A student from my Orff Institut Special Course class is doing a review of an article I wrote 15 years ago and asked if I had anything new to add. I had completely forgotten about this article, so I re-read it and hey, it held up! Indeed, I had nothing new to add for nothing had changed in these timeless truths except the political climate referred to in the opening paragraph. And in fact, that hasn't changed either, just different buzzwords to name the catastrophe. So I offer the article again here for those curious: 

“No Child Left Behind” is the current buzz phrase for our nation’s educational plan and while teachers struggle to adjust their curriculums to the same old stupid plan of teaching to meaningless tests, the children suffer. “No child left behind” is the sugar pill given to parents who want to believe that their child will be a winner, like Lake Wobegon’s mythical children who are all above average, But in a school system based on competition, someone must be below average for someone present system, you can’t give A’s to everyone. An A loses its value if no one gets a B, C, or D. 

When education is built on a different cornerstone—that students are not to be pitted against each other’s achievements, but rather against their own talent and genius—“no child left out” is a more appropriate slogan. The idea that everyone should excel in every subject or else be considered failing in school is based on a fantasy directly opposed to the reality of daily life. Difficulty in some subjects is one of the things that leads towards our own strengths. My dismal inability to understand the first thing about what goes on in a car engine saved me hours of tinkering with cars that were better spent practicing piano. My car mechanic’s failure in piano lessons led him to search for his own form of intelligence. I can now give piano lessons to his child and both he and I are quite happy that he can fix my car. The adult world is based on people following the star of their own native intelligence. 

This is not to suggest that students not be required to encounter all the different disciplines that call forth their intelligences. A more enlightened school would not necessarily excuse me from mechanics class (I wish that had been a required study!) or my car mechanic from the history of symphonic music. But it strongly suggests that a teacher figure out how to explain the fugue of rods and pistons to me and explain the engine of Beethoven to my mechanic. And that after we gave it the old college try, we be excused from the stigma of failure because we didn’t choose to analyze the 5th or rebuild the engine in our spare time.

My subject of area of music has been traditionally given the status of an elective reserved for that mysterious population, “the talented.” Yet at my school, it is a required subject for each of the 11 years between three years old through 8th grade. If we went through high school. I would lobby strongly for it to continue to be a required subject for all. I enter class each day with the assumption that each child is inherently musical and that every human being loves music unless neglected by a school system that doesn’t recognize its value or wounded by a music teacher searching for some students to win prizes for him. Every class is a challenge for me to prove my assumption and to date—some 30 years of teaching—I have not been disappointed.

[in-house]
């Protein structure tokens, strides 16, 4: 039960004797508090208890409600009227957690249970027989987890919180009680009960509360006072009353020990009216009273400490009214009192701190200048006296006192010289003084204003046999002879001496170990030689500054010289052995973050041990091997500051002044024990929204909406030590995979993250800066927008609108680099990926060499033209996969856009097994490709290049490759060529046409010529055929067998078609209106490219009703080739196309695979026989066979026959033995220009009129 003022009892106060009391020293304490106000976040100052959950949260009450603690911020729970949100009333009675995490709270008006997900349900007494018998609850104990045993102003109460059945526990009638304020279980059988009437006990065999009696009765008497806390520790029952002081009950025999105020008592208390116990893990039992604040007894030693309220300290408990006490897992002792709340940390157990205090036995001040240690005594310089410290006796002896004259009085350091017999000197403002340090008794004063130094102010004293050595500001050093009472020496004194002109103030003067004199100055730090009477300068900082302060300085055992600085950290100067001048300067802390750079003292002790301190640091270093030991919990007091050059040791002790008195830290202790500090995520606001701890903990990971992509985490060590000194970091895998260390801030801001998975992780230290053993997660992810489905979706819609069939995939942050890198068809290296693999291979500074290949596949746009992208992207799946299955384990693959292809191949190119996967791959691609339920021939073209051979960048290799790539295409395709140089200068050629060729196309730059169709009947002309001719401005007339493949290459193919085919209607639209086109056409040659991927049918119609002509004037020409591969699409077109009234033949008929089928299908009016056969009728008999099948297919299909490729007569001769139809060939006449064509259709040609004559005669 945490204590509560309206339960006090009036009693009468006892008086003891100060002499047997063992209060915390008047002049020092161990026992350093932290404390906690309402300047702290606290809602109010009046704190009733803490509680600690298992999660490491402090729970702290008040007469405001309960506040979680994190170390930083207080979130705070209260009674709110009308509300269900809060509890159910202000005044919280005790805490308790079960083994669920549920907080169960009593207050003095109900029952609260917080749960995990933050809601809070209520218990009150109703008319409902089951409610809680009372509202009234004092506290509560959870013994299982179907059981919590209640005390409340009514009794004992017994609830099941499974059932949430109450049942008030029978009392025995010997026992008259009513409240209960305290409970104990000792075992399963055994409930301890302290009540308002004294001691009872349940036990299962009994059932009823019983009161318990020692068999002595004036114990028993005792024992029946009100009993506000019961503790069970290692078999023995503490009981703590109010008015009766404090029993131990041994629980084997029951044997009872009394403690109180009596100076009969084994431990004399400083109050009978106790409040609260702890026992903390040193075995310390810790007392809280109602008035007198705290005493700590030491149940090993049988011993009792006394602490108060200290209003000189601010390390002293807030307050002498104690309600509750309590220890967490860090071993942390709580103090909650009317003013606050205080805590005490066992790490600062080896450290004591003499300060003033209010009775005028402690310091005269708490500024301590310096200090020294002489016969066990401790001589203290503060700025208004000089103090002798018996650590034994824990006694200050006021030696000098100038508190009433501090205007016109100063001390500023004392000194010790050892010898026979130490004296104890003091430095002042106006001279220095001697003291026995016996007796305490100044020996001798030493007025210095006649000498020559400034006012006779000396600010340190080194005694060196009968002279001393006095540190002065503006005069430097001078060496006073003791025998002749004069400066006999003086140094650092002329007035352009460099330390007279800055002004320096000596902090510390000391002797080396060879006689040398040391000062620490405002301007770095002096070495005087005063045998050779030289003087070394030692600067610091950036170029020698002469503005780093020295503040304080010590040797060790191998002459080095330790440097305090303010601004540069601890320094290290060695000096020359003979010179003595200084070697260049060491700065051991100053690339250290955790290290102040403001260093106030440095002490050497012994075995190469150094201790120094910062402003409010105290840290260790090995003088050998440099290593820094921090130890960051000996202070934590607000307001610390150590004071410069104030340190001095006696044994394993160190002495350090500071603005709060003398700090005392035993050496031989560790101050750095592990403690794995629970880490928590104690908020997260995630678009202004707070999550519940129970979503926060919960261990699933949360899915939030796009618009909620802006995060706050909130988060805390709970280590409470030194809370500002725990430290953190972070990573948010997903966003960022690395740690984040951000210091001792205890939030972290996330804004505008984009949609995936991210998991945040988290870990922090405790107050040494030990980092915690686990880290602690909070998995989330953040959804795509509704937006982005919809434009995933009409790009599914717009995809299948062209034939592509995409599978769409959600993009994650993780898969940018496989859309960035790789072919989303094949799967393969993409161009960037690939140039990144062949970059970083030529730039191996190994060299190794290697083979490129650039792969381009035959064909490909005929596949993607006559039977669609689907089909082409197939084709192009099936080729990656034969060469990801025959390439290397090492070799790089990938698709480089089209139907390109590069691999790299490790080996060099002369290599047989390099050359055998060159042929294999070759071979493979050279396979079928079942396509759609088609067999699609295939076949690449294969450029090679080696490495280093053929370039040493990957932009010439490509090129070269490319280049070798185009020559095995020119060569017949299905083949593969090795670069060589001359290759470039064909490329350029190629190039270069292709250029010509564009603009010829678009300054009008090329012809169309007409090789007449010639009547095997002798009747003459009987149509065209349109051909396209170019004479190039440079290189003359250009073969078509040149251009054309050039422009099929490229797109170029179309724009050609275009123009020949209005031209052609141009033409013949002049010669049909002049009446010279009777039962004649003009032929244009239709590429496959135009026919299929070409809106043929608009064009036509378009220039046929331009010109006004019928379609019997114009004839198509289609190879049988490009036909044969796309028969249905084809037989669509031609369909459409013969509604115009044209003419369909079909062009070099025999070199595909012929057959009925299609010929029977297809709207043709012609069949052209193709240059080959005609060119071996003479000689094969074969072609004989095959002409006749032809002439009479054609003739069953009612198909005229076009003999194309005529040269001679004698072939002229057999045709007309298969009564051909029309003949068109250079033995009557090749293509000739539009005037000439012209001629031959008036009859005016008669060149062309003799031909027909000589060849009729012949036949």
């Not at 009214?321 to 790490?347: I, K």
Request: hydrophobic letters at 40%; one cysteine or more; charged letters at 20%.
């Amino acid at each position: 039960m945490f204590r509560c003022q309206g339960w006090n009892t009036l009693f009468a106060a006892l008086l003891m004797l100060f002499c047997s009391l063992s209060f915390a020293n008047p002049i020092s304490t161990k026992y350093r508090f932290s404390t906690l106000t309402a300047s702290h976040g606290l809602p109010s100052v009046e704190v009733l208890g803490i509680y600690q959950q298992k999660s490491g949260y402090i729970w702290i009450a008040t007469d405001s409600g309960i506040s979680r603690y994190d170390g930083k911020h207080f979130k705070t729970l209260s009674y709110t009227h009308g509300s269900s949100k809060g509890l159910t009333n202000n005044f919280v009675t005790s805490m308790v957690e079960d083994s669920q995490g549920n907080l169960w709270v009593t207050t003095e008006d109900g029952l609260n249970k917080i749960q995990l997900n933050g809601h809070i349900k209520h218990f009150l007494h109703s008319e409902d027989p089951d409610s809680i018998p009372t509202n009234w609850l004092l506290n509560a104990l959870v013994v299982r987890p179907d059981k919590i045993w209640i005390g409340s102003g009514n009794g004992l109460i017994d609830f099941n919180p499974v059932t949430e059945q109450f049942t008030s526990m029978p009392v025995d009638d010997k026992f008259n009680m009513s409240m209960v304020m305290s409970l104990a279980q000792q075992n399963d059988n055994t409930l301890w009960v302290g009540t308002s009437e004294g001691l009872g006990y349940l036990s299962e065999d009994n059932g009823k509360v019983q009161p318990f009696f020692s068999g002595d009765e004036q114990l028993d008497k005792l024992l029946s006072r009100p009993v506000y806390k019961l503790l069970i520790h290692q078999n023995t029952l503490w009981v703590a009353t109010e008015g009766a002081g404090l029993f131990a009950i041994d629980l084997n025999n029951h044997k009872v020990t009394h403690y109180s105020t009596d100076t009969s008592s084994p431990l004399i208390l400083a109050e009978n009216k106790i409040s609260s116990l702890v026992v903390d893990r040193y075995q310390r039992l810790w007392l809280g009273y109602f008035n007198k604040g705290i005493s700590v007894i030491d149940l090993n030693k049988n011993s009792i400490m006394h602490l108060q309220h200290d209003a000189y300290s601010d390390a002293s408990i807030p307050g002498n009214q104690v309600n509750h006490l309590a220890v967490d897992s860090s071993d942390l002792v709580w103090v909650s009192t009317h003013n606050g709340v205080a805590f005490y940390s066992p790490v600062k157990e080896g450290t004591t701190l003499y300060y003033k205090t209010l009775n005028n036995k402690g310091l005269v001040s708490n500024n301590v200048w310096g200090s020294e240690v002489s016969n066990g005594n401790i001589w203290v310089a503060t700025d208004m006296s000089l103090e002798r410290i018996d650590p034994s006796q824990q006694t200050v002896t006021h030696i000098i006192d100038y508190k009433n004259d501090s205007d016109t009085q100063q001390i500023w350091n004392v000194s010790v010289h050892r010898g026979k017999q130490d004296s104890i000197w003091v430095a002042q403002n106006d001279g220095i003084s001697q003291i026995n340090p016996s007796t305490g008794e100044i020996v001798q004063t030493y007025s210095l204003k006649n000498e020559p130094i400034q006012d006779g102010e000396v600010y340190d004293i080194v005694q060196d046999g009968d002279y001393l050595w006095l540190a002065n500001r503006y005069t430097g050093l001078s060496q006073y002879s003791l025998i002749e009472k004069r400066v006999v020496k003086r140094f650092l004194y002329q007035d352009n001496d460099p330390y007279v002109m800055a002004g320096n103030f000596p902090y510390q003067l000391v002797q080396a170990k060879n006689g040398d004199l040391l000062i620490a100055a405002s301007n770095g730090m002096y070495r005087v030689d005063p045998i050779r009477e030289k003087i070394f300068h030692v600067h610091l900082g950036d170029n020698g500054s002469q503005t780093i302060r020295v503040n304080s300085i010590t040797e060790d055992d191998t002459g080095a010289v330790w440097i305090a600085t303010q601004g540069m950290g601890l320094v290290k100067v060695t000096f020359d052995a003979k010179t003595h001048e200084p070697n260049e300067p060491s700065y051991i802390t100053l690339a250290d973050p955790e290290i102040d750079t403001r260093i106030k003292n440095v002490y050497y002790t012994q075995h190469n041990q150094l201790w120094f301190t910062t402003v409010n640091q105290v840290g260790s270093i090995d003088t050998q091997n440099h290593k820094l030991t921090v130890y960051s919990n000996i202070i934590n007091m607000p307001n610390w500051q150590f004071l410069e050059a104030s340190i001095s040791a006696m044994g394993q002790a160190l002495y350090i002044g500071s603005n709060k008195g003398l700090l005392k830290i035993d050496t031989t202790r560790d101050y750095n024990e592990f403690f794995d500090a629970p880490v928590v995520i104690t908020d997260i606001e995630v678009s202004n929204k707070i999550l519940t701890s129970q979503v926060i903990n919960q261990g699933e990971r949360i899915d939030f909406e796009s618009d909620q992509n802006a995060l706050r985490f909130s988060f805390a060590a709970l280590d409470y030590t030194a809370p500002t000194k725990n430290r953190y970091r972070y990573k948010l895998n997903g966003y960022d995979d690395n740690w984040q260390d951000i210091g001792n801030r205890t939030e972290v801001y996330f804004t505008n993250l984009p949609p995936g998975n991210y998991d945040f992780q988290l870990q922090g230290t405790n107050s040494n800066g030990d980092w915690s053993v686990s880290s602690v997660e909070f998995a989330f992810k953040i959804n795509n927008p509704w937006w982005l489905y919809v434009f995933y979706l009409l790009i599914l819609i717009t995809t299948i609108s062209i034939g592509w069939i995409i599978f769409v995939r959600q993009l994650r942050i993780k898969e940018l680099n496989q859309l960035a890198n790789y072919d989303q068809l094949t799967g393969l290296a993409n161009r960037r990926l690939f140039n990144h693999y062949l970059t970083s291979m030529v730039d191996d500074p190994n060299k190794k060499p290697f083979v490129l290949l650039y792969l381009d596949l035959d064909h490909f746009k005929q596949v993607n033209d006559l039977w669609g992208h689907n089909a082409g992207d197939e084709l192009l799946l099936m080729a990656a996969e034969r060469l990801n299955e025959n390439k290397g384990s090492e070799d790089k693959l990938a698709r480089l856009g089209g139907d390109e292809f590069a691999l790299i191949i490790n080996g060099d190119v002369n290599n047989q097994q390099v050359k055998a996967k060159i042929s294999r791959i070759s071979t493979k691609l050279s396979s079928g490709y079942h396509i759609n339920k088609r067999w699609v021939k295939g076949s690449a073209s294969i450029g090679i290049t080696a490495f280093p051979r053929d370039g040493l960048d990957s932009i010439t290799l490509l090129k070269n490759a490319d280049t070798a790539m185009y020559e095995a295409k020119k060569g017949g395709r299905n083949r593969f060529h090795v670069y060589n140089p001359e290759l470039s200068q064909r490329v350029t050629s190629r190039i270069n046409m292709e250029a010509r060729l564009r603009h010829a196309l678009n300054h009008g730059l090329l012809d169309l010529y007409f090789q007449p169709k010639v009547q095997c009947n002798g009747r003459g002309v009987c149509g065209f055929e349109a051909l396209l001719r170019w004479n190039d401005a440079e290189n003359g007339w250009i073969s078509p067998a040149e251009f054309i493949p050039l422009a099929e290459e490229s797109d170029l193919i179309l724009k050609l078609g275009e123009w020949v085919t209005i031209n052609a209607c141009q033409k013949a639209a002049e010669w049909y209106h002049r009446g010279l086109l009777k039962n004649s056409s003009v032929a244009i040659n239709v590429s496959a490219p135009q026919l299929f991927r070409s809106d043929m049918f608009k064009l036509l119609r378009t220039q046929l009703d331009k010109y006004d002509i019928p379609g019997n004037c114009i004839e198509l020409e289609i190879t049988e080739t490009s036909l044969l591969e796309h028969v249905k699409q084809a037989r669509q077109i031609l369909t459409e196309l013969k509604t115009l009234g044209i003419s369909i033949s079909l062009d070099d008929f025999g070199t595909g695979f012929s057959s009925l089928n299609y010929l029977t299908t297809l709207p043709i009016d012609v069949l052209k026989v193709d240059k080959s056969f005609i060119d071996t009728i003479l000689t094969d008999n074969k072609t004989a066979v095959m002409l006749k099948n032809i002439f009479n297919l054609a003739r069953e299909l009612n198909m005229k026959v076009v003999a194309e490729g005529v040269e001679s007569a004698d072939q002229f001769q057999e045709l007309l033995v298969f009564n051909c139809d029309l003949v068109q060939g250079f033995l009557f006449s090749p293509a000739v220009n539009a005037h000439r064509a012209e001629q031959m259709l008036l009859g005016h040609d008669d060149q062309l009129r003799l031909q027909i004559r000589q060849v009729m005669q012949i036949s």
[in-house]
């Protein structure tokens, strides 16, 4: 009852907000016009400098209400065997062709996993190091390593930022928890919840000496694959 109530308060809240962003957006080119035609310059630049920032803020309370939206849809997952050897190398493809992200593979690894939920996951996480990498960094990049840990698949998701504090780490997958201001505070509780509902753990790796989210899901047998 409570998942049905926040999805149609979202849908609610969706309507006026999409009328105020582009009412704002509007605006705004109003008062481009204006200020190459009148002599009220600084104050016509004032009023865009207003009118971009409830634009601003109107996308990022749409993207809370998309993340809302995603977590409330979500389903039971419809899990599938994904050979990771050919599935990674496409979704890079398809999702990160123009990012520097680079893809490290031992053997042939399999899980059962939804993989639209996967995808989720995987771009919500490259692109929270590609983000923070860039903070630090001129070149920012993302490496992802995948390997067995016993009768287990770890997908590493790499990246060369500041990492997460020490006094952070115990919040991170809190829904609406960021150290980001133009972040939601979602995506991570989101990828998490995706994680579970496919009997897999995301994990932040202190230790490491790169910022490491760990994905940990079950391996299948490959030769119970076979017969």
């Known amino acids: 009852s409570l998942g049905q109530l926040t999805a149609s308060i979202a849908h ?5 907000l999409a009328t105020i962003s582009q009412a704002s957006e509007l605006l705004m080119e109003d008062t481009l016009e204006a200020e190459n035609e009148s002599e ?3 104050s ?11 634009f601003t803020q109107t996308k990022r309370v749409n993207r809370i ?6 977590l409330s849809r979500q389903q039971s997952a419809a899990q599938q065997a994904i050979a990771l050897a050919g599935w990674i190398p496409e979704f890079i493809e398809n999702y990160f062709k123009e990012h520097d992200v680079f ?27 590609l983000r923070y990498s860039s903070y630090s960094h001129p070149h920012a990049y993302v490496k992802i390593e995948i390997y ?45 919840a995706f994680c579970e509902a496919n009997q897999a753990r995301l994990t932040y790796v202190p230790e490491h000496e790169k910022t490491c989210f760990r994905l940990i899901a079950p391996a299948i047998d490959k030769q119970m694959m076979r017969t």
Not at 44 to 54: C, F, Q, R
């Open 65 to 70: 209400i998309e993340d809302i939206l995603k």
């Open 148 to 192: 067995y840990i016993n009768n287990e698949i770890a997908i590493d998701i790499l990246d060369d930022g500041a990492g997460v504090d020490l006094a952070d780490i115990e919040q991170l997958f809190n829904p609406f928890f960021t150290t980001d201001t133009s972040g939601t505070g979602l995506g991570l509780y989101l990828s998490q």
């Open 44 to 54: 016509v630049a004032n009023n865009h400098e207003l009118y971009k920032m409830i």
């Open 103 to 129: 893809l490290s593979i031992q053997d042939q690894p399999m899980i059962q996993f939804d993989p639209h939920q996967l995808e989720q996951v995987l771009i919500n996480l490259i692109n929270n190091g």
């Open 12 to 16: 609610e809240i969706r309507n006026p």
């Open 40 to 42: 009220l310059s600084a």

The reason I feel so confident that every child will feel successful on some basic level is that my teaching is informed by an ingenious approach known as Orff Schulwerk, with over eight decades of practice in discovering where each person’s musical genious lies. For some, it is singing, for others dancing, still others listening and analyzing. Some find their muse through instrumental play—and here it gets very specific. Third-rate violinist Art Tatum finally tries the piano and makes more progress in two weeks than he did in four years. He takes the hint to abandon violin and pursue piano and becomes one of the most remarkable technicians in the history of jazz piano—and perhaps all piano. That muse not only hides behind instruments, but musical styles as well. The failed concert pianist discovers Balinese gamelan and becomes a virtuoso player in a distinctly different tradition. 

Good teachers have always searched for the ways to engage their students specific to their interests and capacities for understanding. Now that approach has been summarized in a thinking called Differentiated Instruction and teaching training courses are preparing future teachers with a wide range of ideas and techniques to help them reach students who don’t fit the fantasy mold of the “normal”—which in my experience, is every student. Much attention is given these days to those with special learning needs and there are indeed some students that are struggling with the tasks of school that need special attention and strategies and compensations. However, the truer statement is that every student has special learning needs. Witness me in car mechanics. Or my car mechanic in music.